Everything You Need To Know about Endometriosis and Pregnancy

March is endometriosis awareness month. Endometriosis is estimated to affect around 1 in 10 women during their reproductive years (that’s about 2 million women in the U.K.)

The aim of this post is to increase the visibility and understanding of endometriosis. 

What Is Endometriosis?

Endometriosis is a long-term condition where tissue, similar to the tissue that lines the inside of the uterus (endometrium) implants itself outside of the uterus; in places such as the ovaries and fallopian tubes. 

Endometriosis can have a severe impact on a person's overall physical health, well-being and their day to day life, causing pain, heavy periods and infertility. 

Endometriosis can affect women of any age, including teenagers, and is one of the most common gynaecological diseases that needs treatment. 

There is currently no known cure for endometriosis, however, there are treatments available that can help. 

What Causes Endometriosis?

The exact cause of endometriosis is still unknown, but there are thought to be several different factors at play. 

For many women during their period, some of the inner lining of their womb flows backwards through their fallopian tubes, into their abdomen. Usually, the body will clear the tissue, but for women with endometriosis, this tissue attaches itself to the organs in the pelvic organs, abdominal organs or the wall of the abdomen.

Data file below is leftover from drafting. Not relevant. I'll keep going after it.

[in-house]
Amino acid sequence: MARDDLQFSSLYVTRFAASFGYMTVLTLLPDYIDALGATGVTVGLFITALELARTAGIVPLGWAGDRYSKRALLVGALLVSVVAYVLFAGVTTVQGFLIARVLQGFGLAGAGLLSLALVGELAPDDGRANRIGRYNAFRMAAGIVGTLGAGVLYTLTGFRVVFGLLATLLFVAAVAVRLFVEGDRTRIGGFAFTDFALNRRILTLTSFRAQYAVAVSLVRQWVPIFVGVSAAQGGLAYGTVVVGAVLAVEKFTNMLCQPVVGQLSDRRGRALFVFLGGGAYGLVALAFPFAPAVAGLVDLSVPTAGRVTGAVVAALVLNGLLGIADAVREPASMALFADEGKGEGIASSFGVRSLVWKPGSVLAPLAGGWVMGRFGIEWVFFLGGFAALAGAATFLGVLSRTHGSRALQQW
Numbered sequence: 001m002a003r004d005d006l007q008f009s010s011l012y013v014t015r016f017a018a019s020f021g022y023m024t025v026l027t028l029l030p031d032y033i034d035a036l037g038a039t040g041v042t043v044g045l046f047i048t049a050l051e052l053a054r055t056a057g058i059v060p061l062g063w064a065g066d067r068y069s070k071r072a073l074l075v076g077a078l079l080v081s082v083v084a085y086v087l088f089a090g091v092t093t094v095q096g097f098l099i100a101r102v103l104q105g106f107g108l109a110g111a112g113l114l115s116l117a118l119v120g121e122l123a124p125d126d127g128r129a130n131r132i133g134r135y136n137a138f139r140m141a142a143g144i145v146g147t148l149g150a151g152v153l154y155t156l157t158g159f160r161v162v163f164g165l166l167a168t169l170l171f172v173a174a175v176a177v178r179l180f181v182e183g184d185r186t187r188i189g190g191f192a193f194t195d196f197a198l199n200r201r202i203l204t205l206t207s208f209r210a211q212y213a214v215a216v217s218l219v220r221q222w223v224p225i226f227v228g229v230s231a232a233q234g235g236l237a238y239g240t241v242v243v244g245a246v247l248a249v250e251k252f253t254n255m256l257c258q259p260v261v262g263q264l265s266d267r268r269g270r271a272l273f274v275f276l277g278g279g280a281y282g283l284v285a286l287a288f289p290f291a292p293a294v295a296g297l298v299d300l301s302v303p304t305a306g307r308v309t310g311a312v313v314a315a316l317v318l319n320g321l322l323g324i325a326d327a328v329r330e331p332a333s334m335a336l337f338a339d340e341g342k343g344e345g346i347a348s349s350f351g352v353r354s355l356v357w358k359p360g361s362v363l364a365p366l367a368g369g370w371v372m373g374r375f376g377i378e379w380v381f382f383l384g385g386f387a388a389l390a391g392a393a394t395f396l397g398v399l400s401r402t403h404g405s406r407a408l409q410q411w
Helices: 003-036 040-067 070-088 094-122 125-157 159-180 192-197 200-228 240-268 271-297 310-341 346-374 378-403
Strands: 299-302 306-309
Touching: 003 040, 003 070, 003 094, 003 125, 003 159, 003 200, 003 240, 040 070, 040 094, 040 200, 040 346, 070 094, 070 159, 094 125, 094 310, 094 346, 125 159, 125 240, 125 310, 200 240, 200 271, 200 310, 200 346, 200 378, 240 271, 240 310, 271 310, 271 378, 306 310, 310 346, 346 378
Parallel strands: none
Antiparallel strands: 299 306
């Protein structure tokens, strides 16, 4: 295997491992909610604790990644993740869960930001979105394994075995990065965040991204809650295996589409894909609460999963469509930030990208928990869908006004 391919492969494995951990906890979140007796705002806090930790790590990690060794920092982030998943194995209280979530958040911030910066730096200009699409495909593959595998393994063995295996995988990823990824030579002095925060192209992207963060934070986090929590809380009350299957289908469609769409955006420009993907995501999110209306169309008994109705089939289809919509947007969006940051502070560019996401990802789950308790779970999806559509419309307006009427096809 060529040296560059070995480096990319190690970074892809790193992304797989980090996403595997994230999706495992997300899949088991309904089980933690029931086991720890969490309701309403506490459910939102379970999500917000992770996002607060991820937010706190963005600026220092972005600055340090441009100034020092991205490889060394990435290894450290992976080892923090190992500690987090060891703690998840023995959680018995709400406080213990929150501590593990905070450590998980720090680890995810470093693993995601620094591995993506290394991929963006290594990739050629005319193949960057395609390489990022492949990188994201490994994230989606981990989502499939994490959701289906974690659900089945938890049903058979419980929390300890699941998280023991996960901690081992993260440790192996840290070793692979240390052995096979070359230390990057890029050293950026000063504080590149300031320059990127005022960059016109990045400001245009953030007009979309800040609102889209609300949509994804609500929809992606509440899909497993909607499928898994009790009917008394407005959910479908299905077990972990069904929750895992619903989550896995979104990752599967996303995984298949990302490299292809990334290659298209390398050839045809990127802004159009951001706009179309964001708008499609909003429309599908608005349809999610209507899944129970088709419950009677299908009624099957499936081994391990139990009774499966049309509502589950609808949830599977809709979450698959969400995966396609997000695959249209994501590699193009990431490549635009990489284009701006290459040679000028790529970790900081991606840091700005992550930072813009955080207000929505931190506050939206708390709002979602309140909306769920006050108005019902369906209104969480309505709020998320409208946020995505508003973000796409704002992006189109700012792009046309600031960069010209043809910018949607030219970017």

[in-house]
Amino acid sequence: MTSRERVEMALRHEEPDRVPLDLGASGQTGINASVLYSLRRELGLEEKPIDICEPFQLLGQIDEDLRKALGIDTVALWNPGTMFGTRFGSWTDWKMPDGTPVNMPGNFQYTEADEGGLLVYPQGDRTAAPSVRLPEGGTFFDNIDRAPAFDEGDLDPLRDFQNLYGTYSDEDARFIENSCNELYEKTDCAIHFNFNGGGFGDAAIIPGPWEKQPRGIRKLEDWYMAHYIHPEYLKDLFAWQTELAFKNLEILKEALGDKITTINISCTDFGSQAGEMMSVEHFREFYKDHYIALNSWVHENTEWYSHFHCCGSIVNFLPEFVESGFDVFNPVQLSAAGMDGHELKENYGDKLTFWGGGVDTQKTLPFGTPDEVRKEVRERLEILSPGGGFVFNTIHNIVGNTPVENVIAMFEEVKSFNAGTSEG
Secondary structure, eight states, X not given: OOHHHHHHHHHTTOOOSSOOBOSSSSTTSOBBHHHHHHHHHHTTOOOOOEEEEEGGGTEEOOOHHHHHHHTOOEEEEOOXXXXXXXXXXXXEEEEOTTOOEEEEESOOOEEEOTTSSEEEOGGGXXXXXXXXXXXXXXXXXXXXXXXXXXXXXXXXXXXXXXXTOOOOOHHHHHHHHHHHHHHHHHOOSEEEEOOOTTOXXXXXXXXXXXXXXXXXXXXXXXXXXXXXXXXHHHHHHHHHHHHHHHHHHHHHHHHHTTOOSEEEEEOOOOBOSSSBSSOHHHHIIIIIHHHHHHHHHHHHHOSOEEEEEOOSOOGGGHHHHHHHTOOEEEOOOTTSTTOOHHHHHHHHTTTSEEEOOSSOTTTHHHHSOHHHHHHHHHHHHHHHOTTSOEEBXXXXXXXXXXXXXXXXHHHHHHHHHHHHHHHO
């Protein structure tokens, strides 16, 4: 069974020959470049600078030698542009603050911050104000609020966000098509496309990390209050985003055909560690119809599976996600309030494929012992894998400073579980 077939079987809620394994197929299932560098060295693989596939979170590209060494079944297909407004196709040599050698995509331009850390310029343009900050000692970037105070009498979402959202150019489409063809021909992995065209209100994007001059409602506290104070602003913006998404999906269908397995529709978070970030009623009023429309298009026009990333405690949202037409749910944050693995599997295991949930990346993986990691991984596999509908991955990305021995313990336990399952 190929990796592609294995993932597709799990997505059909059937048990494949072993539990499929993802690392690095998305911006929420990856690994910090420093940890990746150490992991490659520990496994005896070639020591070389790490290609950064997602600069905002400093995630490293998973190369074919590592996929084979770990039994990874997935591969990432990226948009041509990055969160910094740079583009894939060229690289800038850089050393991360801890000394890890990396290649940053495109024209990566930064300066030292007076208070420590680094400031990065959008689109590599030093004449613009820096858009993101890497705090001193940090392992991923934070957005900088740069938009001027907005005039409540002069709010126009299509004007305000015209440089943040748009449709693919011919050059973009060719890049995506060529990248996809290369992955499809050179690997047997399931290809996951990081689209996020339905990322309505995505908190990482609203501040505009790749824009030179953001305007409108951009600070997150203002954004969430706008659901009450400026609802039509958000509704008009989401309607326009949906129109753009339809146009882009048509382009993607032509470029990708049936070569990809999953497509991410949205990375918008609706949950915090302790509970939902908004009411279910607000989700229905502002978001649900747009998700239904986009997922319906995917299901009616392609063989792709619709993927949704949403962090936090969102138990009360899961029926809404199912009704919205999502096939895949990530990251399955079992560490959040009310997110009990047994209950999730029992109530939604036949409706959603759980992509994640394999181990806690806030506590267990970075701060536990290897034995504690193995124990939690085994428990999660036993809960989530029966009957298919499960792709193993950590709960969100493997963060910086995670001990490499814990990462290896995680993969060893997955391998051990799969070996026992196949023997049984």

Common Endometriosis Symptoms

Symptoms of endometriosis can vary from person to person. Some women may not have any noticeable symptoms of endometriosis, while others may be badly affected by the disease. 

Here are some common symptoms of endometriosis:

  •  Pain during and/or after sex 
  • Pelvic pain - pain in your lower tummy or back which is usually worse during your period 
  • Feeling sick/being sick
  • Constipation
  • Diarrhoea
  • Blood in your urine or poo during your period
  • Pain when urinating or pooing during your period
  • Difficulty getting pregnant
  • Heavy periods
  • Painful periods - pain that stops you from doing your normal everyday activities.
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How Does Endometriosis Impact Fertility?

One of the main complications associated with endometriosis is difficulty getting pregnant, as well as it being a common cause of infertility (not being able to get pregnant at all) Between 30-50% of people with endometriosis may experience infertility. 

Infertility can happen if the endometrial tissue, as mentioned above, implants itself around the fallopian tubes or ovaries - where it causes inflammation and scar tissue. The scar tissue (adhesions) can distort the pelvic anatomy, interfering with the different stages of pregnancy (Adhesions are more common in moderate-severe cases of endometriosis). 

Additionally, ovarian cysts caused by endometriosis can cause damage to the ovary, which could affect ovarian function and the supply of eggs. 

Endometriosis studies have found that it can also alter the immune system, change hormonal environments around the eggs, altering the quality. And it can inhibit the implantation of an embryo.